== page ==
But those who know how to read the global trends recognise that UK market share is in peril.  And now let’s get to the real danger for our universities: the competition for world-class staff.

Universities are not companies or assets; they are made up of people. Other countries have realised that they are in a competition for talent and know that you recruit staff when they are still students. These staff, many in science, engineering and medicine, are also the very people we need for our industrial strategy. And international student fees have kept us going as other government funding is frozen.

So sure, make it easier for UK students to take their loan abroad, but be aware of what that might mean when they graduate.

And what about that final step in any corporate international strategy – moving the universities rather than the student? Pearson was founded in the UK, but has 35,000 employees in 70 countries; its education division has an international and US division with more than half of its sales generated in America and much of its online support based overseas, too. Non UK-based global players will also be eyeing our “market”.

Some UK universities already have wonderful campuses abroad, and are flying the UK flag around the world. My own university, Sheffield, has an international faculty in Thessaloniki serving students across the Balkans.

But for all the talk of “our” universities, we should remember that if a university ceases to be a place of educational purpose and becomes simply a provider of a commercial service, there is nothing to stop it simply winding down its UK commitments if regulation becomes too invasive or profit margins shrink. Such organisations might even pull out of teaching altogether, being one day a provider of degrees and the next of whatever will satisfy shareholder need.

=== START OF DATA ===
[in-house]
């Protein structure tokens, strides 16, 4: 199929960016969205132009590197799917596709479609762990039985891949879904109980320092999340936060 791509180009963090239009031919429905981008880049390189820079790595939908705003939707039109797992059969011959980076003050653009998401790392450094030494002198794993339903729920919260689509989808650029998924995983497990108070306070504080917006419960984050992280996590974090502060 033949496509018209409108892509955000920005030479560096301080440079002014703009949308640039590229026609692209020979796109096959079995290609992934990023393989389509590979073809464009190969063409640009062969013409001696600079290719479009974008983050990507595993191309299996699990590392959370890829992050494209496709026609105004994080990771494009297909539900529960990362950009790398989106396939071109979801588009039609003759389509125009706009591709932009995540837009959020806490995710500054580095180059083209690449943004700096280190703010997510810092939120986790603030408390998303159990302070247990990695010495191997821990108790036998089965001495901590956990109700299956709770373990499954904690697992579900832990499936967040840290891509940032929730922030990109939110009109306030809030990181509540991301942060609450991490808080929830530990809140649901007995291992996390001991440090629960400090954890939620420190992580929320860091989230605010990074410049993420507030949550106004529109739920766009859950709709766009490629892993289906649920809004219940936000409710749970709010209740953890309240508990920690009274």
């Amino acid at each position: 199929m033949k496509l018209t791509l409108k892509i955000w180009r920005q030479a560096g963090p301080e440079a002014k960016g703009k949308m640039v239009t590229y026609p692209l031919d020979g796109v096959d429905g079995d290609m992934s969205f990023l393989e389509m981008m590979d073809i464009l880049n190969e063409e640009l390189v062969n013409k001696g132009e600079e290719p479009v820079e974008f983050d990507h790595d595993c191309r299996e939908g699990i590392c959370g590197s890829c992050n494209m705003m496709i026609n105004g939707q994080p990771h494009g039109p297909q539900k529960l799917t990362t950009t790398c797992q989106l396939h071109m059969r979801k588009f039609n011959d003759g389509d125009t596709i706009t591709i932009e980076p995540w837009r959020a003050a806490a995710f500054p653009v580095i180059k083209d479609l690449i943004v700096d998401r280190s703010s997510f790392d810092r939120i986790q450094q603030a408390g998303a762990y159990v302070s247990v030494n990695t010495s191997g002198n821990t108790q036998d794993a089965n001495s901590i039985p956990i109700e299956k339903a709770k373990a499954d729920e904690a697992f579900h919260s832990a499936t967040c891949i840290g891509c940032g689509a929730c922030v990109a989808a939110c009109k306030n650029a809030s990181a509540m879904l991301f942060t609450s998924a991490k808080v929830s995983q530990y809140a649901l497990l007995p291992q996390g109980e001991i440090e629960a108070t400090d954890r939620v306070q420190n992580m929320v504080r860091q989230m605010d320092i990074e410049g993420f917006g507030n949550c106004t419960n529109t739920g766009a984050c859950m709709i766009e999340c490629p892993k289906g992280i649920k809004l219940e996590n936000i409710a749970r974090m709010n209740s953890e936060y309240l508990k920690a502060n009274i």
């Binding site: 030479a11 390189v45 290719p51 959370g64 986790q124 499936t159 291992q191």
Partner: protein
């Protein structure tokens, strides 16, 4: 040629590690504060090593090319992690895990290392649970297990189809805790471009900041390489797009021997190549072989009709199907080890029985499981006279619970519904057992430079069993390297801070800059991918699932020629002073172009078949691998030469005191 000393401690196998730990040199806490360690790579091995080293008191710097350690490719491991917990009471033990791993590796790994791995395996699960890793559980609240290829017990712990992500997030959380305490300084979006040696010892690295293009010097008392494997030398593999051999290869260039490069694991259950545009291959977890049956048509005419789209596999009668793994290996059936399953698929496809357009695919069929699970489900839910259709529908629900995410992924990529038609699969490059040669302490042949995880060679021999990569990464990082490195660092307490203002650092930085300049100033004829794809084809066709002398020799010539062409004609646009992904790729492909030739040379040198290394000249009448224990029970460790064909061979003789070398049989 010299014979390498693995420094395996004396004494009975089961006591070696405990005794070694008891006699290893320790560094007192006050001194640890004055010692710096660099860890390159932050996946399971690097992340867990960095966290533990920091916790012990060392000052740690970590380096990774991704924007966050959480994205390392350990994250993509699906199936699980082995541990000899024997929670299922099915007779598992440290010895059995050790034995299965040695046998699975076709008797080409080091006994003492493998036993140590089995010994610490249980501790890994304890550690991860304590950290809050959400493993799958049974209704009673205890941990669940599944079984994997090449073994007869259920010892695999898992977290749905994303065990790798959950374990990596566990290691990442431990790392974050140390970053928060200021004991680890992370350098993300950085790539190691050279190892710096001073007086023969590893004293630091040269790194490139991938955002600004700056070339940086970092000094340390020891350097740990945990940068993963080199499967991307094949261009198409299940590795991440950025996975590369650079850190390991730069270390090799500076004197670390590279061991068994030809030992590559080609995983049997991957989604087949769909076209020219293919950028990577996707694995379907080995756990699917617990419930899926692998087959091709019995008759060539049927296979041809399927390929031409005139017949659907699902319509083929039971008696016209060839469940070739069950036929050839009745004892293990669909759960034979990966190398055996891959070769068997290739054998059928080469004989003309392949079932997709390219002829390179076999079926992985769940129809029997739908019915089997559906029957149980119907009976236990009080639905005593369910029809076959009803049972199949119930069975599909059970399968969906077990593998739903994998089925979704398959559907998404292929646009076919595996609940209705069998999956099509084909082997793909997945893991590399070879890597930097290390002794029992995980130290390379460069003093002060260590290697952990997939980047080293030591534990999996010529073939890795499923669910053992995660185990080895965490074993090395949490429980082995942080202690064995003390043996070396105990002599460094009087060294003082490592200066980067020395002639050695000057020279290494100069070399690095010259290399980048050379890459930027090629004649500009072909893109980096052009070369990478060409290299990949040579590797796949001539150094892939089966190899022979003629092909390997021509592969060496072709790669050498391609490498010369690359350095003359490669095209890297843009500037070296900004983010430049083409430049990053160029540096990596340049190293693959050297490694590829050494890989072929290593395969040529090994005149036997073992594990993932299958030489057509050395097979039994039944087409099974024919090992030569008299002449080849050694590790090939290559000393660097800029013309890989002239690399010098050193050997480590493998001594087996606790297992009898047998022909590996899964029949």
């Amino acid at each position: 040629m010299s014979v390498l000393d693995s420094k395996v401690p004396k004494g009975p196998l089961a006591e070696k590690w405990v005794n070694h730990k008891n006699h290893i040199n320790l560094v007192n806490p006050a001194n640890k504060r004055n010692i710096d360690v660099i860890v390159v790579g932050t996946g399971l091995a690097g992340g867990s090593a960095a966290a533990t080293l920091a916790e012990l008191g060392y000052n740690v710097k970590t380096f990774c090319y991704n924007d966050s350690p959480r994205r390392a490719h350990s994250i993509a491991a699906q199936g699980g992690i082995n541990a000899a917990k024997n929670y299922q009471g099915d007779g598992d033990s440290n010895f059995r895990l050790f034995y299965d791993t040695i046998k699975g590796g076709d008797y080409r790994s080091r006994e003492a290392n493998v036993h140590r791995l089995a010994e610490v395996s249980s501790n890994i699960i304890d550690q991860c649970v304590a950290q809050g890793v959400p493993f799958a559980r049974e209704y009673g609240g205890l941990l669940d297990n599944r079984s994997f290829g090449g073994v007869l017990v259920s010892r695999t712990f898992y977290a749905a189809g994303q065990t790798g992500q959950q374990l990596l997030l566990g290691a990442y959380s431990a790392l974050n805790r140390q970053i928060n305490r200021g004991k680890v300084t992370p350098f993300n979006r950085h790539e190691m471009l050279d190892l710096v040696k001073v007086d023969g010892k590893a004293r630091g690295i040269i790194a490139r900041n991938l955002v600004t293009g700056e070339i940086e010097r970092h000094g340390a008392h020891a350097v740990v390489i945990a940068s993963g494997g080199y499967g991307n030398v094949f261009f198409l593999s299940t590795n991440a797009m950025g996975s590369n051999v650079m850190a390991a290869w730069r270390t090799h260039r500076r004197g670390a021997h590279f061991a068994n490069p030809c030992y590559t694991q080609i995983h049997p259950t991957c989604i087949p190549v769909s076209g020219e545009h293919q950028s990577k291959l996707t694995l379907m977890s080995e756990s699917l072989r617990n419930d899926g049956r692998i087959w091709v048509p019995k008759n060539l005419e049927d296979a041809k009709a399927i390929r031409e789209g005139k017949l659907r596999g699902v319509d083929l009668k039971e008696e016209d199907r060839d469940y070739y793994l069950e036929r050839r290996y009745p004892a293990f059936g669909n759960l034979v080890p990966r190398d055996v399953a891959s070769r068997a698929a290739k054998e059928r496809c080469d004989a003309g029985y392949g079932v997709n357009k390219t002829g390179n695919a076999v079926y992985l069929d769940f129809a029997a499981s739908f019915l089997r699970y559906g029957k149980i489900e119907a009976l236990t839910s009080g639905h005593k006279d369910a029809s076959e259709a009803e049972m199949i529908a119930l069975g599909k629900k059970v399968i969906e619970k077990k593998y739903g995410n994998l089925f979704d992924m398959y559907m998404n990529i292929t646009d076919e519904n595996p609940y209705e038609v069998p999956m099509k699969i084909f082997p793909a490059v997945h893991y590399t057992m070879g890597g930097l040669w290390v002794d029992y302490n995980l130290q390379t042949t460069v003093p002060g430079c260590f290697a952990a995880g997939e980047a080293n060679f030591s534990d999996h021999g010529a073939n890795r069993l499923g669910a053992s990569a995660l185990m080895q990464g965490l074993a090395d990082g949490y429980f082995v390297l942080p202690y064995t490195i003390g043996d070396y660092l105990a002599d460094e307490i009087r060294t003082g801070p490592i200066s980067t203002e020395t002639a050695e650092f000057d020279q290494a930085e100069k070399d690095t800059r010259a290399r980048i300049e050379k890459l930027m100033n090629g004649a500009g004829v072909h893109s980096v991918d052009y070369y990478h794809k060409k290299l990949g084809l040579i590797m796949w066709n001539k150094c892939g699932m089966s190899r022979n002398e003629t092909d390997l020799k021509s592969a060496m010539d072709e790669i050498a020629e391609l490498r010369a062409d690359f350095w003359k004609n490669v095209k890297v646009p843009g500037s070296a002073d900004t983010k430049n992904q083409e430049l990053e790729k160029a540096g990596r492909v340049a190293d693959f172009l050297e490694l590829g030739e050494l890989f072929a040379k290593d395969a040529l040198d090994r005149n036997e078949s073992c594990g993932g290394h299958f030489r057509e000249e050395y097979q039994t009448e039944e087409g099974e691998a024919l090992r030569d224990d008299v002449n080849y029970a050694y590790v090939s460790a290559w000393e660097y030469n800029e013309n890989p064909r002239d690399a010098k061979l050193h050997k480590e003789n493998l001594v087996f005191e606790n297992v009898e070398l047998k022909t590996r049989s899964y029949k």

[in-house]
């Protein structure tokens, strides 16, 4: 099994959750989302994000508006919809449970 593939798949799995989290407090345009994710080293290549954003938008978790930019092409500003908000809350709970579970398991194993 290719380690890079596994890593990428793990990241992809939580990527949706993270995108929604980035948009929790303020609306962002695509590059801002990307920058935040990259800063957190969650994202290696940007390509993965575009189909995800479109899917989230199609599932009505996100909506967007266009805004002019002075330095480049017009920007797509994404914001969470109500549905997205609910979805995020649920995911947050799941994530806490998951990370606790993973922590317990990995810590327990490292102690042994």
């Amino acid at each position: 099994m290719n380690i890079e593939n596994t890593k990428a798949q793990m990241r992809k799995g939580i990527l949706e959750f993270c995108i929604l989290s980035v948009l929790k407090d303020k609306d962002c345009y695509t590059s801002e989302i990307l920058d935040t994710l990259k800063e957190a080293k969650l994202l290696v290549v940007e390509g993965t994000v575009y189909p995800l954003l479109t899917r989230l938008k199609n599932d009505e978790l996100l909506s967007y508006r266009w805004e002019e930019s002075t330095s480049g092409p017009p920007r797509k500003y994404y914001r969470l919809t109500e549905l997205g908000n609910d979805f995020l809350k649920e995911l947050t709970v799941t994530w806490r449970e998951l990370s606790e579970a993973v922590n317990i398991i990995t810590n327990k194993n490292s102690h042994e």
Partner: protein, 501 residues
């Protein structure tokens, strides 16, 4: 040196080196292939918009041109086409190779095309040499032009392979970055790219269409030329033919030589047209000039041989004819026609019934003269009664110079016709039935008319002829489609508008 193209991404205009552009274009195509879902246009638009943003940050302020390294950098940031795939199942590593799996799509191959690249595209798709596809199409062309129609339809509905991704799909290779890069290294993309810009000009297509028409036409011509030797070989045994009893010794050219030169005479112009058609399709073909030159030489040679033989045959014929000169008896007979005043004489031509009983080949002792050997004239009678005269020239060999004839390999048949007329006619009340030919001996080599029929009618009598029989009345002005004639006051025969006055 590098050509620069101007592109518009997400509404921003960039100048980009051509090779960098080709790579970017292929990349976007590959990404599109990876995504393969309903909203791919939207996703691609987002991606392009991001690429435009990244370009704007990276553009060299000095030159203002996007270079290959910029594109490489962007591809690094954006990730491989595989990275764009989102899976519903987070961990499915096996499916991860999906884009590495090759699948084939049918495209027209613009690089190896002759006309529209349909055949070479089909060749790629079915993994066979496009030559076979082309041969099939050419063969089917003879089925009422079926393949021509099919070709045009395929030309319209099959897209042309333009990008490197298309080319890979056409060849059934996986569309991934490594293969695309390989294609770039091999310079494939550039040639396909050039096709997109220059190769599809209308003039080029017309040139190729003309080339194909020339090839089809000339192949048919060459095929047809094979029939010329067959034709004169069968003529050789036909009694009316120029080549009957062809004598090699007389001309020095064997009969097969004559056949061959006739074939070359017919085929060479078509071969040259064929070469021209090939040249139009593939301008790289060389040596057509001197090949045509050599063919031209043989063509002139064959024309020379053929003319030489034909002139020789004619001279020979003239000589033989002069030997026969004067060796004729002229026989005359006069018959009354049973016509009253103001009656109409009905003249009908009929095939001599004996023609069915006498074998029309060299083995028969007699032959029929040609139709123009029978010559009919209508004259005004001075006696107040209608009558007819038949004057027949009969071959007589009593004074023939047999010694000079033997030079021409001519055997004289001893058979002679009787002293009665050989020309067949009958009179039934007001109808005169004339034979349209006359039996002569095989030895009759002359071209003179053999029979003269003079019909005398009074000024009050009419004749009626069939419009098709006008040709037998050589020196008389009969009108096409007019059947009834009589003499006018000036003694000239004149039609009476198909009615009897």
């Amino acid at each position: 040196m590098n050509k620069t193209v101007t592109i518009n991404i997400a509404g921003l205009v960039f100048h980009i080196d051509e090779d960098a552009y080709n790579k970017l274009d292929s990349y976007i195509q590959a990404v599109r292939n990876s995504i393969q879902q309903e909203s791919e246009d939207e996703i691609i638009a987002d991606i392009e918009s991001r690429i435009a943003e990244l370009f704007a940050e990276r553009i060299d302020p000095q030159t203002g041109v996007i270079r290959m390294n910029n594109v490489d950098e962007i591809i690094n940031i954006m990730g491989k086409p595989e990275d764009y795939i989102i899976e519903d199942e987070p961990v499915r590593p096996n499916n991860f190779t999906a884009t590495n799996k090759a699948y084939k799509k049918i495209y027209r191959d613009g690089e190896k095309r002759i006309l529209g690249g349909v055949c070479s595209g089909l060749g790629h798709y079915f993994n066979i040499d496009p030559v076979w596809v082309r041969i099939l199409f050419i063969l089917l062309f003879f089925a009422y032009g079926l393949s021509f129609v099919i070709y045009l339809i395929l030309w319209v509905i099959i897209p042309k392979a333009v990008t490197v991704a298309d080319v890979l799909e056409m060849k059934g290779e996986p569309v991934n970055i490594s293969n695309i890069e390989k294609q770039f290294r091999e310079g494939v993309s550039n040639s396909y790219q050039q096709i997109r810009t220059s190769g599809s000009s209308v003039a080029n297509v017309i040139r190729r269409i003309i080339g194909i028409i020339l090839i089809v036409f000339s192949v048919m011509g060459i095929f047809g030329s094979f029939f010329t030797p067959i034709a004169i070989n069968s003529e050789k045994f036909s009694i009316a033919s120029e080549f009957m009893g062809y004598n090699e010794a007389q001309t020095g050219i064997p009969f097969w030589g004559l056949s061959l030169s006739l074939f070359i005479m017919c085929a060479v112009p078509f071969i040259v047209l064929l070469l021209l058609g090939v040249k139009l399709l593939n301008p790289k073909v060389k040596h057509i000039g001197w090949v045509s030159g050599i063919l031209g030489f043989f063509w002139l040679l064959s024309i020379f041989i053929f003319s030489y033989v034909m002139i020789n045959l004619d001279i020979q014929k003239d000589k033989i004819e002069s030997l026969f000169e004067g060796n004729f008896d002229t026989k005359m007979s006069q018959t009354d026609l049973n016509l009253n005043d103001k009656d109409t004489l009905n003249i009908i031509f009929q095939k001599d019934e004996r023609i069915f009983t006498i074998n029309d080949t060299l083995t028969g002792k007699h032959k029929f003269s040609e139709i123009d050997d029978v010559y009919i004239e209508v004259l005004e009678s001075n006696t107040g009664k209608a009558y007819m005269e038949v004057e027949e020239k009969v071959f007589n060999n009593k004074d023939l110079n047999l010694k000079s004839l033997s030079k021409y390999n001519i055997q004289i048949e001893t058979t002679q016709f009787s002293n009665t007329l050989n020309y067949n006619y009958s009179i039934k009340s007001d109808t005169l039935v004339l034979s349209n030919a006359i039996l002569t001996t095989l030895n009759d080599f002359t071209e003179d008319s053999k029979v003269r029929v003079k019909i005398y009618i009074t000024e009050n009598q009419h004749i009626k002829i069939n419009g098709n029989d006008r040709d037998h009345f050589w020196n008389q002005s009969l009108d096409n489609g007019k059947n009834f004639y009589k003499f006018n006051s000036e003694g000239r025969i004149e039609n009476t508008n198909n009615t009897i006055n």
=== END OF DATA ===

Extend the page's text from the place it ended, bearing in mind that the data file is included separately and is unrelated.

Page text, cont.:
In the end, what keeps many of us committed to education is vocation. My university, for example, was founded “for the people” of Sheffield, not even simply students, and the hope of public benefit was what persuaded Edwardian factory workers in Sheffield’s steelworks to reach into their pockets to change not only the educational prospects of their children but their economy, their hospitals and their status as a city.

Today, our global strategy never forgets this local mission. If you talk to local businesses, as I do often, they will tell you just how vital international students are to their future. And when I look at how international prowess and students have delivered new high-paying jobs in places such as Rotherham, I am proud.

Our local companies gain contacts and orders because we are international.

We are in a struggle to keep our universities open to the world, able to compete on a level playing field. The government should do all that it can to help us. Because this is not special pleading, it is reality.

Bluntly speaking, the UK has never needed us more.

This first appeared on the Times Higher Education website 26 November 2017